Kristen Dahlgren of NBC has contributed a guest post to TODAY’s website on a very serious topic. She discusses the unusual breast cancer symptom that she nearly missed. Her story begins in November 2016 when she was coming back from maternity leave. She was assigned to go to Rochester, Minnesota to interview a doctor at the Mayo Clinic. She learns from a research study in the UK that around 1 in 6 women diagnosed with breast cancer visit the doctor with symptoms other than just a lump.
Now, lumps are probably the most common symptom. But, the study includes other symptoms such as nipple changes, dents, dimples, pain or redness. Kristen interviews a woman for this story who earns a diagnosis only when she gives a second opinion. The woman noticed a very subtle change in the shape of her breast. Turns out, she has stage three breast cancer.
Kristen Dahlgren remembers the night she finds a dent in her breast
Dr. Deborah Rhodes, an internist with Mayo Breast Diagnostic Clinic, talks to Kristen about this. “It’s profoundly important to be aware of your breasts,” she says. It turns out that this one story would end up saving Kristen’s life. Fast forward to September 2019. Kristen is in her 40s and she’s active, healthy, and happy. She notes in her piece that she does not have a family history of cancer. She also states that she had a mammogram earlier in April that came back negative.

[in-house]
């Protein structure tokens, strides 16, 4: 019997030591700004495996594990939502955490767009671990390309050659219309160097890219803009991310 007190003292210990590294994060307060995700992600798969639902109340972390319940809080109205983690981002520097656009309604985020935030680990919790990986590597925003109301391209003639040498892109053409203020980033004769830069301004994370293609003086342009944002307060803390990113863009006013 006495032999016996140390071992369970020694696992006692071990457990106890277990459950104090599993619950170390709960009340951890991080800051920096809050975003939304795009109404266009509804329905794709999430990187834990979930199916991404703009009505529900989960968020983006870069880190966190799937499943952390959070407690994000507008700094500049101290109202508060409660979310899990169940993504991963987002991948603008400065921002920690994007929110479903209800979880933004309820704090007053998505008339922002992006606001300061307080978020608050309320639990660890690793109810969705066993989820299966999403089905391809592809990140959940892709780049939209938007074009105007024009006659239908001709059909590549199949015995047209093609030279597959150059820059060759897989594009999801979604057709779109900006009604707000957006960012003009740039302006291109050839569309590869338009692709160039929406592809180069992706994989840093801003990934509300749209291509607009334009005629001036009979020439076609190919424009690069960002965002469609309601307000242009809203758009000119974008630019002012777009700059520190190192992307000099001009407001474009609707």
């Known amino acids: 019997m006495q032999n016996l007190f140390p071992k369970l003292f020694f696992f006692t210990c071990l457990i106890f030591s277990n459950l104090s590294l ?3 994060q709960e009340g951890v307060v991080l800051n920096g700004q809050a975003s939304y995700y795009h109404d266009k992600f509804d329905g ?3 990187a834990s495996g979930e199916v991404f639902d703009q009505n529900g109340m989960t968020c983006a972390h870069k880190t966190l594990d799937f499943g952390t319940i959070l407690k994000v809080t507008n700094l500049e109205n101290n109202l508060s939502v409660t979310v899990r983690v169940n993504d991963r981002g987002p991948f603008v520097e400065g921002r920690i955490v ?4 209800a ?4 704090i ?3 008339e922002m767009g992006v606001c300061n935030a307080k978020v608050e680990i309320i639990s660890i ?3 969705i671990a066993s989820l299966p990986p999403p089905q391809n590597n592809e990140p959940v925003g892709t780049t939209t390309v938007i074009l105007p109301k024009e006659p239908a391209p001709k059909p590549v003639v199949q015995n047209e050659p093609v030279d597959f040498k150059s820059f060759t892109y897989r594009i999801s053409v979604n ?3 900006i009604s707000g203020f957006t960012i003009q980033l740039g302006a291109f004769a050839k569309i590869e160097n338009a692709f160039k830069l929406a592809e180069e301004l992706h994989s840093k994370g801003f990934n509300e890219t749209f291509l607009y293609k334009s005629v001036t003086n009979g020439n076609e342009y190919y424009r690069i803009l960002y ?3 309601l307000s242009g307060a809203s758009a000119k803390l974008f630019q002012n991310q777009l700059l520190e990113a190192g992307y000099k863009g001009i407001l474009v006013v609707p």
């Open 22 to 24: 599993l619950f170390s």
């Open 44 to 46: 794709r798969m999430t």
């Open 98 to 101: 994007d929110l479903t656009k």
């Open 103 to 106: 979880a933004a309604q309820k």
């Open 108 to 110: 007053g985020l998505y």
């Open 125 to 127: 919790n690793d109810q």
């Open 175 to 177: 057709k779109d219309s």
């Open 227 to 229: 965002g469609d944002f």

However, on her 47th birthday, this would change. She’s getting ready to meet some friends when she notices a slight dent in her right breast. Kristen says she’s not great with self-exams, but she makes sure to pay this close attention. Regardless of this scare, she plans to go into work the following day anyway. Between live shots during work, she would run to the local hospital for a mammogram and ultrasound.
In questionable moments, always seek out medical help
Within just a few days, Kristen is diagnosed with stage two breast cancer. This completely changes the course of her life. Her life soon became doctors appointments, chemotherapy, and a lot of stress and tears. Kristen hopes that her story will inspire other young women to engage in more self-exams and learn every possible symptom of breast cancer before it’s too late.
She also learns that mammograms are actually only 87% effective and are less sensitive in women with dense breast tissue. If something feels wrong, ladies, get it checked out. It’s better to be safe than sorry.